Beautifully written, witty, observant and reminiscent of E Nesbit, this novel merits a place in the canon of children’s classics. Siblings Clarry and Peter spend idyllic summers in Cornwall before the First World War with their charismatic older cousin Rupert. The war is handled without cliché — no mean feat... Despite being partly about loss, this steams along as joyously as Clarry rides the train to Cornwall. Funny, sad, warm, with a very satisfying ending, it is about growing up and finding what you love, intellectually and emotionally.
On her solo journey to Wales, Seren is given a mysterious package to look after by a stranger and ends up feeling obliged to take it with her. But when she arrives in Wales, her Godfather and family are not in residence and she’s left with a bunch of dour servants who seem to be hiding something. It’s all very mysterious and somewhat creepy, and when she finds an enigmatic talking clockwork crow within the package, that only serves to make it weirder! Together, they set off to solve the riddle of Plas-y-Fran, facing many perils and challenges as they go. The Clockwork Crow is a perfectly pitched middle grade story that doesn’t put a foot wrong. Seren is a spunky, brave and determined heroine and this book is completely gripping from first page to last, poetic without being difficult to read. Catherine Fisher is a wonderfully accomplished writer. This is a highly recommended story.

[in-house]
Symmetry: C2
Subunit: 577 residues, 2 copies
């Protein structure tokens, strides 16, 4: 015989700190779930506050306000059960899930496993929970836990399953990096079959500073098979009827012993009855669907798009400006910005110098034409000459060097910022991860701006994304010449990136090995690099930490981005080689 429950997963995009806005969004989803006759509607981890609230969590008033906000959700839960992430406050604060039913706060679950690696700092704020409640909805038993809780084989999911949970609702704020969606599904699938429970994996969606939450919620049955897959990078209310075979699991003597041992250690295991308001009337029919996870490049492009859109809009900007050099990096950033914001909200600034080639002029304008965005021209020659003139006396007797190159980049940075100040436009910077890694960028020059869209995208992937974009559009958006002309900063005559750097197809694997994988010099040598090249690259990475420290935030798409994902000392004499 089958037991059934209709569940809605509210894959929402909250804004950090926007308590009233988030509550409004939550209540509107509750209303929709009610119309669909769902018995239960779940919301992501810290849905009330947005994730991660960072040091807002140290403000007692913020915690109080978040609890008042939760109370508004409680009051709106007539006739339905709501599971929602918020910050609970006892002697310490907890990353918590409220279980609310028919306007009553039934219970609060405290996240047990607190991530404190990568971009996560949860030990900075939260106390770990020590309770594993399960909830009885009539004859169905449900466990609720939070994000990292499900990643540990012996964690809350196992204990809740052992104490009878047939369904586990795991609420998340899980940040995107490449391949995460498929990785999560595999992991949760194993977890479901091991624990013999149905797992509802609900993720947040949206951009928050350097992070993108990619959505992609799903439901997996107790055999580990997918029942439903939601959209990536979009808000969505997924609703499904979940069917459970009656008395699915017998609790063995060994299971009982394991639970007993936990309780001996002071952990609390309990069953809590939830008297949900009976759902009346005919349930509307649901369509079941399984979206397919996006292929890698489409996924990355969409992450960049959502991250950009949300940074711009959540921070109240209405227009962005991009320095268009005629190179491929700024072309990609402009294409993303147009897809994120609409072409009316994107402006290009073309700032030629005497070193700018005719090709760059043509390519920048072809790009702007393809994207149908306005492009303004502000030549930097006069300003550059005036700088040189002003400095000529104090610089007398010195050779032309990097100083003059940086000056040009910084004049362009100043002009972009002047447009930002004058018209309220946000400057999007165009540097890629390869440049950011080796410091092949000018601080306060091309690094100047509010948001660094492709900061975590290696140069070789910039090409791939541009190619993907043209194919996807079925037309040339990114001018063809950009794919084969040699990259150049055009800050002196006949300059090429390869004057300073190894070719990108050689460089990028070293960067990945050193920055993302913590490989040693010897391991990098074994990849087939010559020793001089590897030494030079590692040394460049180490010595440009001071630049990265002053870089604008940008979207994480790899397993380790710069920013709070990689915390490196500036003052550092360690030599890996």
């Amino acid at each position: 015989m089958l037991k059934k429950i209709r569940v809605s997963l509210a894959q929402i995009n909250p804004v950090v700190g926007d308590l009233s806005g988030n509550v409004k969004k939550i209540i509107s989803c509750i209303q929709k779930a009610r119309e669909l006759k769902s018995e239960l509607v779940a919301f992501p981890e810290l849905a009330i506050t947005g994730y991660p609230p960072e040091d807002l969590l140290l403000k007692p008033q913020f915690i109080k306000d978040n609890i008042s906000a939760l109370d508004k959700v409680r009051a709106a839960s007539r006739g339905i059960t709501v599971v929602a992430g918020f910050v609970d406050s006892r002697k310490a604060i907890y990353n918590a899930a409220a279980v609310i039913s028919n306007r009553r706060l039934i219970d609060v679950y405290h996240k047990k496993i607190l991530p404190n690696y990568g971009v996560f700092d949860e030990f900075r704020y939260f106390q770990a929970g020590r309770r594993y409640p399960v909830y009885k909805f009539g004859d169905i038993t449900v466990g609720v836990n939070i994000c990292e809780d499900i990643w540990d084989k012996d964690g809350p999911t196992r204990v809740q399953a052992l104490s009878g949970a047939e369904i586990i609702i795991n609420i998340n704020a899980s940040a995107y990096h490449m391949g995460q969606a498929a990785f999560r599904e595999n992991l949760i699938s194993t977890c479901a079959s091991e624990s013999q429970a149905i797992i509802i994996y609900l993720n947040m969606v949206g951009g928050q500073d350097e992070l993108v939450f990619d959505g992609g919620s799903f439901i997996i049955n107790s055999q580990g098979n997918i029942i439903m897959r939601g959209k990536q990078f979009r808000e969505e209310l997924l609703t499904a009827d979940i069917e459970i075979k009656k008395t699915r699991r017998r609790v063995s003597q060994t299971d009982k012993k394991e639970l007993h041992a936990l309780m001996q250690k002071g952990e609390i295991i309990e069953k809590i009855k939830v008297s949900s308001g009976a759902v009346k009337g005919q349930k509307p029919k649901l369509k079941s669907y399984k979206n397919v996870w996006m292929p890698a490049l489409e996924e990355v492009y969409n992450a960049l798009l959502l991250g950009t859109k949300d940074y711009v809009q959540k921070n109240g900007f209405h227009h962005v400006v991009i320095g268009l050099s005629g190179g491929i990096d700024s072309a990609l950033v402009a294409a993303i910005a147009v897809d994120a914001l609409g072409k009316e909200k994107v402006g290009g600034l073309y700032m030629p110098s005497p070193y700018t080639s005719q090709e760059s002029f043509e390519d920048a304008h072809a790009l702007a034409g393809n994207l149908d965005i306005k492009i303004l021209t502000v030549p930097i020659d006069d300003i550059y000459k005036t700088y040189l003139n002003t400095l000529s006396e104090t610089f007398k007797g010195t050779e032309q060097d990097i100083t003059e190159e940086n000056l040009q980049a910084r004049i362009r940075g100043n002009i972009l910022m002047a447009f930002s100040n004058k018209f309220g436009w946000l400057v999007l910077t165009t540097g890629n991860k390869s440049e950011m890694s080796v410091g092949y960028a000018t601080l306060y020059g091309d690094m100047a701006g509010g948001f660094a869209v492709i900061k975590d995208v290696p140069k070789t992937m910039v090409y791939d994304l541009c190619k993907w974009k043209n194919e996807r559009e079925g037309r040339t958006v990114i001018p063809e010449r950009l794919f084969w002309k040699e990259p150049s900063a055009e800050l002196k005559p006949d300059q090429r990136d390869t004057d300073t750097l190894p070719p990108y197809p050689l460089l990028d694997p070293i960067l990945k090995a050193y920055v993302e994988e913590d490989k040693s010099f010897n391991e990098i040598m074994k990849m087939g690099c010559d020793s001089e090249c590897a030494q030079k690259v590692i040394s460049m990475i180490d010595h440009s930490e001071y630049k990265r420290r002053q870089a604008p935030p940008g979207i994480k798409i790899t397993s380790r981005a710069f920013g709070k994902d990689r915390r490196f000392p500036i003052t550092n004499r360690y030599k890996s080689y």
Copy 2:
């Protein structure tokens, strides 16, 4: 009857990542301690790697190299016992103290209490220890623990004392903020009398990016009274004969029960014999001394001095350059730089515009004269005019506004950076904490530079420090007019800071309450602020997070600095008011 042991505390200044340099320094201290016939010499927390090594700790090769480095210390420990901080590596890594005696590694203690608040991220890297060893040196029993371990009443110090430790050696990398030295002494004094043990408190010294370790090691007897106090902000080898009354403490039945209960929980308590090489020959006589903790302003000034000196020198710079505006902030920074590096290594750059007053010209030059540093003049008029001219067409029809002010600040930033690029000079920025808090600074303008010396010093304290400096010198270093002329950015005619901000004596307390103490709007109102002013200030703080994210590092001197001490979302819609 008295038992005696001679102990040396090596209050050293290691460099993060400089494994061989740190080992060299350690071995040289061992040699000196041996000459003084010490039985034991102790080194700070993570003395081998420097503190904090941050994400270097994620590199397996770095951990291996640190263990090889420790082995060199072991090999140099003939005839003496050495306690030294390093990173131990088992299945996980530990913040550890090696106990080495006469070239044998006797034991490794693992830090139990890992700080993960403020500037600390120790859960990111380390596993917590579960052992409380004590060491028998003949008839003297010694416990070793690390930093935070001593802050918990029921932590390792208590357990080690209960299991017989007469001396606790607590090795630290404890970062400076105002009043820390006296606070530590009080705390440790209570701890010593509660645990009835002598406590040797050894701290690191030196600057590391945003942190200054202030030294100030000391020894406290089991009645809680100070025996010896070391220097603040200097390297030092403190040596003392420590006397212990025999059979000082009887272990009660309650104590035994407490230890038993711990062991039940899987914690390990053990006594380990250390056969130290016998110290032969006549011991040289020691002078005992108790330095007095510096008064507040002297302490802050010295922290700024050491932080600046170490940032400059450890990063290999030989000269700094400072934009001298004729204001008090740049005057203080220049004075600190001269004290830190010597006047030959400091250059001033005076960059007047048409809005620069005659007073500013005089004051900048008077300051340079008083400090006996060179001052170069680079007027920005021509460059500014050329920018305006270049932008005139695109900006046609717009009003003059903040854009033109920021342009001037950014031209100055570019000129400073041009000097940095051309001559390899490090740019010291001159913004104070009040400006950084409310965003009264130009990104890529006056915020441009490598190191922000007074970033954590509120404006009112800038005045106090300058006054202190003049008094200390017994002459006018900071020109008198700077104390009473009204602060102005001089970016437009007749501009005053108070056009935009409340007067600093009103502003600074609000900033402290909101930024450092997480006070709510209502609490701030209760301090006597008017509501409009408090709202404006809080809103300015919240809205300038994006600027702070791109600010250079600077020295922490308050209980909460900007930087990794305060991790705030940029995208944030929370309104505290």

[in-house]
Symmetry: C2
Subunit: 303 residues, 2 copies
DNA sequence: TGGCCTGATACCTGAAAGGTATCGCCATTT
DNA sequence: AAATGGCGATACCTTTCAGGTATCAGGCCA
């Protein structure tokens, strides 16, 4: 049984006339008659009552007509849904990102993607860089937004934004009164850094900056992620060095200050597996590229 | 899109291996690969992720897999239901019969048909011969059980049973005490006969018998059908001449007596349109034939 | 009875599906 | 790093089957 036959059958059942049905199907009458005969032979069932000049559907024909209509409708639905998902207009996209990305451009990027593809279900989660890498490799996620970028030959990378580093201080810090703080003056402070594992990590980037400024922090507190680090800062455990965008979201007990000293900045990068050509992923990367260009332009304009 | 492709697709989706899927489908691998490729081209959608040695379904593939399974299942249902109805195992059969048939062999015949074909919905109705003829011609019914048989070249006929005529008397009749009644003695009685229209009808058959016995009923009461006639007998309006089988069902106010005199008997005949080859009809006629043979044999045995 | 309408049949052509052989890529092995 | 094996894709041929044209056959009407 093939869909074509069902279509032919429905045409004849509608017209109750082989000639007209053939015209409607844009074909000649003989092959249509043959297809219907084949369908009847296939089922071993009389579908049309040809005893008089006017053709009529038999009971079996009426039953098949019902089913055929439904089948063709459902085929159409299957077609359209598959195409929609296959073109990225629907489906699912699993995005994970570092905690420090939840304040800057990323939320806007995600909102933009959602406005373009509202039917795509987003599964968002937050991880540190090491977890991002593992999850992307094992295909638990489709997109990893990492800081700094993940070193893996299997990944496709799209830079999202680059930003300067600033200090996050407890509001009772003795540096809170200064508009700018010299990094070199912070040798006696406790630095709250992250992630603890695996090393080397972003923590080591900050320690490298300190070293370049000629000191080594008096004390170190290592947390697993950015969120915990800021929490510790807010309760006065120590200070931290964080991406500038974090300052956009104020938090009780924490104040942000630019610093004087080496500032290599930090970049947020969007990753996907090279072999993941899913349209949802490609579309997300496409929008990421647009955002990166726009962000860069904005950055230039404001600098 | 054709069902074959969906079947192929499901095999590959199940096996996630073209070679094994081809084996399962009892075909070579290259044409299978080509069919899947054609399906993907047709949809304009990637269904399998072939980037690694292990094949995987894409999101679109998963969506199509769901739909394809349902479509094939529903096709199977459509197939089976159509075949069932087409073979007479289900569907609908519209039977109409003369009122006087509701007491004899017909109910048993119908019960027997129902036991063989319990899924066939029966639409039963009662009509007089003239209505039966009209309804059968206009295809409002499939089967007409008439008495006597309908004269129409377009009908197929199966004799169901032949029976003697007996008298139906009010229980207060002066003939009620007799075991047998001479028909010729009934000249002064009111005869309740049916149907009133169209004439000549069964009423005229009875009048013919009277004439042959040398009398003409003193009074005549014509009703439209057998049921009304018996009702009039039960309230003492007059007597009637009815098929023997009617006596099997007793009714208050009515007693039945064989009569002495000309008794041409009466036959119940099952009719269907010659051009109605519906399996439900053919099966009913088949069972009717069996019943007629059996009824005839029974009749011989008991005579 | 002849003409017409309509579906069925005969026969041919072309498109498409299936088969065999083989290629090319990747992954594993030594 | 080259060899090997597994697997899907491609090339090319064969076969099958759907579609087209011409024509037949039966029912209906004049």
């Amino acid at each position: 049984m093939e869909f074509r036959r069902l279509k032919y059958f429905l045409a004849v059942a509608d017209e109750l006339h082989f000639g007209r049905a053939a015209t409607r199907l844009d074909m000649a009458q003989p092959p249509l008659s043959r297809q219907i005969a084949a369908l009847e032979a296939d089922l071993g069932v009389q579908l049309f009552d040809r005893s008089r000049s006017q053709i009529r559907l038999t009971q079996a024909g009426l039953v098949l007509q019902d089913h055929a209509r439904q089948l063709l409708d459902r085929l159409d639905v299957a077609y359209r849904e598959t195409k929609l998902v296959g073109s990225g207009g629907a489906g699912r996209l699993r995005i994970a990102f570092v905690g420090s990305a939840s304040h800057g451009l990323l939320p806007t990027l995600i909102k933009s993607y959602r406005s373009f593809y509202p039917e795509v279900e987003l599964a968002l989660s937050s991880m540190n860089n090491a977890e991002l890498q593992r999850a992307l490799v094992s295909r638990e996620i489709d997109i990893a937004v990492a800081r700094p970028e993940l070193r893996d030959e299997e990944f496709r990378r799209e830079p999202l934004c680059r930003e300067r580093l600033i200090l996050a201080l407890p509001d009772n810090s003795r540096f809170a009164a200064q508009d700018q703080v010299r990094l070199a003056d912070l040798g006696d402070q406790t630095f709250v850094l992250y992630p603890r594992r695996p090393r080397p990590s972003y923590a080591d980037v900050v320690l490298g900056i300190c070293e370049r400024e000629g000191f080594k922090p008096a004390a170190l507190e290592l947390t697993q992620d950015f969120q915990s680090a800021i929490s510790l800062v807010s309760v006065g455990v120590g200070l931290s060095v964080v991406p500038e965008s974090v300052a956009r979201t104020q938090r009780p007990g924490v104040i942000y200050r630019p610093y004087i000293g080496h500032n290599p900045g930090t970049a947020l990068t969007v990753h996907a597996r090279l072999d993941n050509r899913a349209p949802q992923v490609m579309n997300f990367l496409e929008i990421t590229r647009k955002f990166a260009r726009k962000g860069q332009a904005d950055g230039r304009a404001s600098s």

Catherine Fisher, a poet as well as a novelist, produces children’s fiction notable for its delicate and fine prose. The Clockwork Crow is no exception... Like many excellent children’s novels, it begins with its heroine in transit. Seren, a thoughtful and imaginative orphan, is on a railway platform, on her way to stay with her godfather, when a stranger gives her a parcel that contains the parts of a clockwork crow... As in the best literary fairy stories, this novel uses psychologically reverberant symbols – a golden staircase, a black key – that lead Seren on a quest for knowledge and for a family of her own. Children of ten and older will find themselves pleasurably lost in this enchanting, candlelit delight.
Full of deep fairytale resonance, Fisher’s writing stands out in the mind’s eye like blood drops on snow.